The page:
The process of the invention is also particularly suitable for purifying effluents comprising an inorganic compound whose recovery or recycling is desirable. Exemplary such effluents contain a sulfate, notably an alkali metal sulfate such as sodium sulfate, or, alternatively, residual sulfuric acids.
Of course, the process of the invention is most particularly useful for the purification of effluents containing both organic materials and inorganic compounds.
The process of the invention may thus be used for the treatment/purification of effluents deriving from the production of amino acids comprising sulfur. One specific example is thus the treatment/purification of effluents emanating from the production of methionine, and, especially, of mother liquors from the crystallization of the latter. In this latter instance, the effluent to be treated comprises, in addition to sodium sulfate, numerous organic impurities such as methionine degradation compounds having one or more sulfur atoms. Further, the gases deriving from the combustion treatments of the type described above comprise a large amount of sulfur-containing products.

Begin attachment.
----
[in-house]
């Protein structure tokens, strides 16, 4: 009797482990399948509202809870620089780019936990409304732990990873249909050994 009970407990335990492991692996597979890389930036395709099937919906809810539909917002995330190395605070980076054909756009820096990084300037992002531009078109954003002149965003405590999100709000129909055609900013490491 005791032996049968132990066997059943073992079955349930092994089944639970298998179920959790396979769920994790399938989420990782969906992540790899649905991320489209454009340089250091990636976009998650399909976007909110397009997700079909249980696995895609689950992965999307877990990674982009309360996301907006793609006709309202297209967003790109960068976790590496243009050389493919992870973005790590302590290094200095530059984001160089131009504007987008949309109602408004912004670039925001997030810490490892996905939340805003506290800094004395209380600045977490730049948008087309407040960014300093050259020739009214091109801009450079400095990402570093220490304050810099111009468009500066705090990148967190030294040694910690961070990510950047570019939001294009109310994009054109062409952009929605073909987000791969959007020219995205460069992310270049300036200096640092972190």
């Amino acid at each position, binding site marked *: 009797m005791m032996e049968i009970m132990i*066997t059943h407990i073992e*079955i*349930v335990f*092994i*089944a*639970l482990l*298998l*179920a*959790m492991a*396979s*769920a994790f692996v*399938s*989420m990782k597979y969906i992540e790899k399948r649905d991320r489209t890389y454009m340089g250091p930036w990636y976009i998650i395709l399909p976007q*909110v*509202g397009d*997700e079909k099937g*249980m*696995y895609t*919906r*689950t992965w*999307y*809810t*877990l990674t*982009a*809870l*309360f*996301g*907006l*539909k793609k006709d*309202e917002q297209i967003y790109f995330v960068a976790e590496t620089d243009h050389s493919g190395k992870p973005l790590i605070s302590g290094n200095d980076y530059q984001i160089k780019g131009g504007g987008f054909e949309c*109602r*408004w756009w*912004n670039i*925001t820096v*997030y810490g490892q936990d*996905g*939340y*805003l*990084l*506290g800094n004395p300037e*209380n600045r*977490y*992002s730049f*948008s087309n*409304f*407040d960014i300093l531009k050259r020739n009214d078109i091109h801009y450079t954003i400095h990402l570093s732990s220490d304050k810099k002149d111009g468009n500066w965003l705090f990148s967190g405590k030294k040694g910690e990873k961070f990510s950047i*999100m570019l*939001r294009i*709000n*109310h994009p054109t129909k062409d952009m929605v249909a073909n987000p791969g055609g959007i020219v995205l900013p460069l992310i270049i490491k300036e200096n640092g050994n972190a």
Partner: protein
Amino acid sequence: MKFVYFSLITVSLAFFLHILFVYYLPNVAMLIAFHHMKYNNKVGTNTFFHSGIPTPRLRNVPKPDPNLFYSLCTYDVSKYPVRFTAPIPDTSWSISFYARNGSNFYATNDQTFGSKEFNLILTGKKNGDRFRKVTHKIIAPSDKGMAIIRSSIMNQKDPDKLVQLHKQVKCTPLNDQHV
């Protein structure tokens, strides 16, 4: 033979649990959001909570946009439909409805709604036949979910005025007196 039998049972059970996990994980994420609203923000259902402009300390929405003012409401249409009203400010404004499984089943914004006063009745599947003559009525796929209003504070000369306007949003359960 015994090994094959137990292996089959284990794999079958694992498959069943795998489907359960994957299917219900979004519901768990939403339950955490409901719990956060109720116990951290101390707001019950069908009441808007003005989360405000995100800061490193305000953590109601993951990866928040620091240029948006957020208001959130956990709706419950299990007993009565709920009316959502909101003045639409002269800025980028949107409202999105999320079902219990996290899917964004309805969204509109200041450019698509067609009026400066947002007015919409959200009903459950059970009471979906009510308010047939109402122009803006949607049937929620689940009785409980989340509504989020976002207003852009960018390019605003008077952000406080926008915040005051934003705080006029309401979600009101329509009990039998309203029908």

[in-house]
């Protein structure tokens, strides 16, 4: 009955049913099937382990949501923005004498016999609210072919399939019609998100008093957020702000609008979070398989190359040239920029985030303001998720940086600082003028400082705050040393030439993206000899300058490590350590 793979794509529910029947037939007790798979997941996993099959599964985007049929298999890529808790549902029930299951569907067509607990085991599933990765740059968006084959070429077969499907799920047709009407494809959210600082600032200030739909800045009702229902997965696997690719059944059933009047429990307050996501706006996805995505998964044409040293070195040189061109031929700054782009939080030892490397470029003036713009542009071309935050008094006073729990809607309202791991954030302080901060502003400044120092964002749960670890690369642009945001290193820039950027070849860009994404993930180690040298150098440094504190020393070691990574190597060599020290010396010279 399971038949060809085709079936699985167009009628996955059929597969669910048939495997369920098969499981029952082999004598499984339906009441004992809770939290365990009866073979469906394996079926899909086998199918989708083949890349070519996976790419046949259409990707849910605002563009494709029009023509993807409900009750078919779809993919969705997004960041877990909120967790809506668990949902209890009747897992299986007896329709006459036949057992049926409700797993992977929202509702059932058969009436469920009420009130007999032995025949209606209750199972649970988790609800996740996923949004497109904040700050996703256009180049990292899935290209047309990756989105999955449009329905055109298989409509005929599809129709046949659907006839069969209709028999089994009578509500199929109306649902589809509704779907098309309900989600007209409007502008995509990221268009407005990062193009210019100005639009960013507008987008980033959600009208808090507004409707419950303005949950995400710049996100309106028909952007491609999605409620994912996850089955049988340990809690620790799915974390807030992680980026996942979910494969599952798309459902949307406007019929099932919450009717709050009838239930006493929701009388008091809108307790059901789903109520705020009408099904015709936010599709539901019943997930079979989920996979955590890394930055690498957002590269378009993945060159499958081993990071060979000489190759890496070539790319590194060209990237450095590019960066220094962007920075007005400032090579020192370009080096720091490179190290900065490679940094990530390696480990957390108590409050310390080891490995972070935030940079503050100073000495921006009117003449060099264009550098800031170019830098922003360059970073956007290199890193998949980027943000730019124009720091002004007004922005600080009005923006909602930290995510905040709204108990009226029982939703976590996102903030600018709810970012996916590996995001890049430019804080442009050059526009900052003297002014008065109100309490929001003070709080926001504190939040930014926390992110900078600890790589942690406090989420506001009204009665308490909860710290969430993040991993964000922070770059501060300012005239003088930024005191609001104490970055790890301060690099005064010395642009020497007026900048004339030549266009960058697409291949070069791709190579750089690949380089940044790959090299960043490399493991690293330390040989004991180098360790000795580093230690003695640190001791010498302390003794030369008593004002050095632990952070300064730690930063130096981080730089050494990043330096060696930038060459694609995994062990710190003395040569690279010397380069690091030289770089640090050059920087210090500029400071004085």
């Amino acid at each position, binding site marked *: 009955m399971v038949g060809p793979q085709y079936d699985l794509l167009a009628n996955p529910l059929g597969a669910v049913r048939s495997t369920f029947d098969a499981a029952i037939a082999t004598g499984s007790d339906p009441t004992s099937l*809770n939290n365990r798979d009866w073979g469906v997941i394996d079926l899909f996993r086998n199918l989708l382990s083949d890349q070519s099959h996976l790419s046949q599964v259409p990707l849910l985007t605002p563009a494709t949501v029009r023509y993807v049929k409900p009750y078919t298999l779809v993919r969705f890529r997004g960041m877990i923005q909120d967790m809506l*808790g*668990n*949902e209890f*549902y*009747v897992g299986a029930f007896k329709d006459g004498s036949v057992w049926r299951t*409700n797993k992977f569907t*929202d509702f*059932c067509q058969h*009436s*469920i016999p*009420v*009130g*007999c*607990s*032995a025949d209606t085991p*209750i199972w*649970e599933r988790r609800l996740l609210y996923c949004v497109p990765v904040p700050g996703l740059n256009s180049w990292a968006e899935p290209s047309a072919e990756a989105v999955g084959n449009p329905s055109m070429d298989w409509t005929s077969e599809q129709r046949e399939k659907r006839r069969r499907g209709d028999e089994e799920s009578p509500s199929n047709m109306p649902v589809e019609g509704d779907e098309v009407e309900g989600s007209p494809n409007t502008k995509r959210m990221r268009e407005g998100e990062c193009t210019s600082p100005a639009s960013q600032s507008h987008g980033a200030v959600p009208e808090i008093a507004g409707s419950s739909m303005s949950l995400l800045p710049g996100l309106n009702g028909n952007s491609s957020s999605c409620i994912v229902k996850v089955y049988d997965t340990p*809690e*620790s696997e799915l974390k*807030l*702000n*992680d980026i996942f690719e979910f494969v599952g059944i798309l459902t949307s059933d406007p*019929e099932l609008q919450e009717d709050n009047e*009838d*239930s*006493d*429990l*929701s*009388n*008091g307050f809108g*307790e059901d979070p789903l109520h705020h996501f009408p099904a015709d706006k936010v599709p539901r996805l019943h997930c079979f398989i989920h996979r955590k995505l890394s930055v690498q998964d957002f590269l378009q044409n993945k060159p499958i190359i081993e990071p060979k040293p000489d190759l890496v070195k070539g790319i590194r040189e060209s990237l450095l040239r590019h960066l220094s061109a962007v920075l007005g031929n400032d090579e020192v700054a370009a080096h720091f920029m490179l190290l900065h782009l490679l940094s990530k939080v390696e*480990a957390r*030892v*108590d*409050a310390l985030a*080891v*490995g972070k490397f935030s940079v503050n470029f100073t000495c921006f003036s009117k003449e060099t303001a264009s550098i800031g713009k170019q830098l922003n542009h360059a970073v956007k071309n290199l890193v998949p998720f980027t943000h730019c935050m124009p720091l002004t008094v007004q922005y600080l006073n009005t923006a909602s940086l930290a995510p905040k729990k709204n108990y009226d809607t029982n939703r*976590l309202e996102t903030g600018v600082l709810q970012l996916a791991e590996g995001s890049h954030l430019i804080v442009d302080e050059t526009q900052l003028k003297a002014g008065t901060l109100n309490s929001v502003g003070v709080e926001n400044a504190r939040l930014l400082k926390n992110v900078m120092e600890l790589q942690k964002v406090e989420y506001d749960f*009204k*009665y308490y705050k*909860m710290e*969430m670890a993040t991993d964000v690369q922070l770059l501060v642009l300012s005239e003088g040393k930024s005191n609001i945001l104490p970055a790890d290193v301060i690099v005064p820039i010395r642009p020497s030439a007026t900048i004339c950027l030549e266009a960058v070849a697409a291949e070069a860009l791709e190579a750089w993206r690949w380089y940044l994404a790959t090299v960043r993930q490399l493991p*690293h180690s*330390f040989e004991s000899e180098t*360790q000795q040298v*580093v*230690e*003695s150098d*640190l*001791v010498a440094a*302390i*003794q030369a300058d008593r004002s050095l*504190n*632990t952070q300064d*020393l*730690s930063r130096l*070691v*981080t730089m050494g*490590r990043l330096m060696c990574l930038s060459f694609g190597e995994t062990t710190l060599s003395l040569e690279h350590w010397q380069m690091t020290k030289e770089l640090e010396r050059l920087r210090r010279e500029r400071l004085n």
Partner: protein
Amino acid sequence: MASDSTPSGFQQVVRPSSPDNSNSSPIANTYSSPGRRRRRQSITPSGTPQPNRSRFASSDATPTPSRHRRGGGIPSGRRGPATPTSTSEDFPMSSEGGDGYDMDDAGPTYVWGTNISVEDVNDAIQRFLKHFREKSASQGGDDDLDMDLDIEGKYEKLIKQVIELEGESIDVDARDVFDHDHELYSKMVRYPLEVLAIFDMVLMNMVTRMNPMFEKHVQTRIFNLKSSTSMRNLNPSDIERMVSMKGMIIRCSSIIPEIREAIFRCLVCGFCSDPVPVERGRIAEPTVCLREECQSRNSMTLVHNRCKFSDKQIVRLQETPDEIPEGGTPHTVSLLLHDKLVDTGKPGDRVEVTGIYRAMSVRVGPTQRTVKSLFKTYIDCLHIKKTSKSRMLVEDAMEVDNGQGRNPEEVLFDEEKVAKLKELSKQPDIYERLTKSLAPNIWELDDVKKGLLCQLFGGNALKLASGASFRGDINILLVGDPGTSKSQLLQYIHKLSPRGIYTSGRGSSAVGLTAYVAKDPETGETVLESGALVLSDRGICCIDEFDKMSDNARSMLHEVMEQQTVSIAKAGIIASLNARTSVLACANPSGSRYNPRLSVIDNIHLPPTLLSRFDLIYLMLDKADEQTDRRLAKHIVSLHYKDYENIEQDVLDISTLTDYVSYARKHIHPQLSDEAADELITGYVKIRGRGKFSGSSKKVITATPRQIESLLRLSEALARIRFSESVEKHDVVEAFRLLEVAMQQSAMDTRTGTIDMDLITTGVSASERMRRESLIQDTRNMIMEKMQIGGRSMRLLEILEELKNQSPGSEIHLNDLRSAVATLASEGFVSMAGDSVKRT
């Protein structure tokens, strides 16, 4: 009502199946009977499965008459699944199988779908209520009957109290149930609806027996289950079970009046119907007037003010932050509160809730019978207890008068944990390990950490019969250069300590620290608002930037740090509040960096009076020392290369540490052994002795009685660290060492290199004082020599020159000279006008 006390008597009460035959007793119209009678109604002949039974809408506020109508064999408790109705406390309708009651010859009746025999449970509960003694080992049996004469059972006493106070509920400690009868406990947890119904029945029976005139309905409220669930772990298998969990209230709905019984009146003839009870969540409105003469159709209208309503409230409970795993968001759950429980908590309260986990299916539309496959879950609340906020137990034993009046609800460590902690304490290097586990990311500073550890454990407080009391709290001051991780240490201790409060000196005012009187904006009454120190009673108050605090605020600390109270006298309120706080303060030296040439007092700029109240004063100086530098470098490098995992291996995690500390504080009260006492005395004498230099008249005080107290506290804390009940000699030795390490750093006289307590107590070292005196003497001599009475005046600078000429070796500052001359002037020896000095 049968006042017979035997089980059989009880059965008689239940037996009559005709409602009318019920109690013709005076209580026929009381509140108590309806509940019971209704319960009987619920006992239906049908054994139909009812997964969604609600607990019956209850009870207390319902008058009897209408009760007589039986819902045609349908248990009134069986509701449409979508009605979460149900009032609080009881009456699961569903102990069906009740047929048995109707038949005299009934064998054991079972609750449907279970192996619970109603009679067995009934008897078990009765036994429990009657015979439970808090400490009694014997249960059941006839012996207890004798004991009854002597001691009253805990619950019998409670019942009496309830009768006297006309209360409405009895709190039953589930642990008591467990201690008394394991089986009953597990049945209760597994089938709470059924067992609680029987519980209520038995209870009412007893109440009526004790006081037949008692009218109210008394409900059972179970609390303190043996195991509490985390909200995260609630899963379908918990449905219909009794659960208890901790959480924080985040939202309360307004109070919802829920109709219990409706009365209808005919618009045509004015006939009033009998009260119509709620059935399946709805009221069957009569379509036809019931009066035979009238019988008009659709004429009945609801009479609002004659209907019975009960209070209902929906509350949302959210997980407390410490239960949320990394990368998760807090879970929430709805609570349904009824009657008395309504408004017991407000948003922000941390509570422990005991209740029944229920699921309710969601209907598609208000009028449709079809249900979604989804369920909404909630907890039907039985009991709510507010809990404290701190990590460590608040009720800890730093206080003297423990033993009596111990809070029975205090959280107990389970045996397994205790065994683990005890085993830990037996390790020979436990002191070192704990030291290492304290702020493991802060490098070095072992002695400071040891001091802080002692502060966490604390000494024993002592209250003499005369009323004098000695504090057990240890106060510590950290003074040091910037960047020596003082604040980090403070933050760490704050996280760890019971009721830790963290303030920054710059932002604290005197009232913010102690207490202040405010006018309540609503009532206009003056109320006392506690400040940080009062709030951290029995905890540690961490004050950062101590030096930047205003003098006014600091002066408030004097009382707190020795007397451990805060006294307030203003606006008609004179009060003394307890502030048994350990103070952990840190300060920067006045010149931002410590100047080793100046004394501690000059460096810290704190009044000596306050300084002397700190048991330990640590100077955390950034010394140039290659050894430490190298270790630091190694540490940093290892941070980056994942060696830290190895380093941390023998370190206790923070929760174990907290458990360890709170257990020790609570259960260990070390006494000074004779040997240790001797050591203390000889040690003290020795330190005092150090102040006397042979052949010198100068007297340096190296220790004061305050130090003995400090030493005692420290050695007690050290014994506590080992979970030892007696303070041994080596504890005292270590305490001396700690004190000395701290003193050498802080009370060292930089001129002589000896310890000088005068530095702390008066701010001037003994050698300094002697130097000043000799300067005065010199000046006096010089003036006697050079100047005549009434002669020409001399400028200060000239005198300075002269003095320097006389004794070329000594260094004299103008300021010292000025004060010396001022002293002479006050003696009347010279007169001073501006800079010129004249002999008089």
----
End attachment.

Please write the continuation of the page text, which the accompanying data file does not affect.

Another example of effluents efficiently purified by the process of the invention, are those resulting from the production of certain esters via sulfuric catalysis, such as ethyl phthalate or, alternatively, the crystallization mother liquors from the preparation of itaconic acid.
The purification process of the invention will now be more fully described.
The first stage of the process entails producing a combustion phase under specific conditions. Thus, a first oxidizing fluid and a combustible fluid are introduced into a first zone.
Generally, these two fluids are in gaseous state. Air, optionally enriched with oxygen, is advantageously used as the first oxidizing fluid. The combustible fluid may be a gas such as methane or propane, or a light hydrocarbon, for example. Natural gas is advantageously used.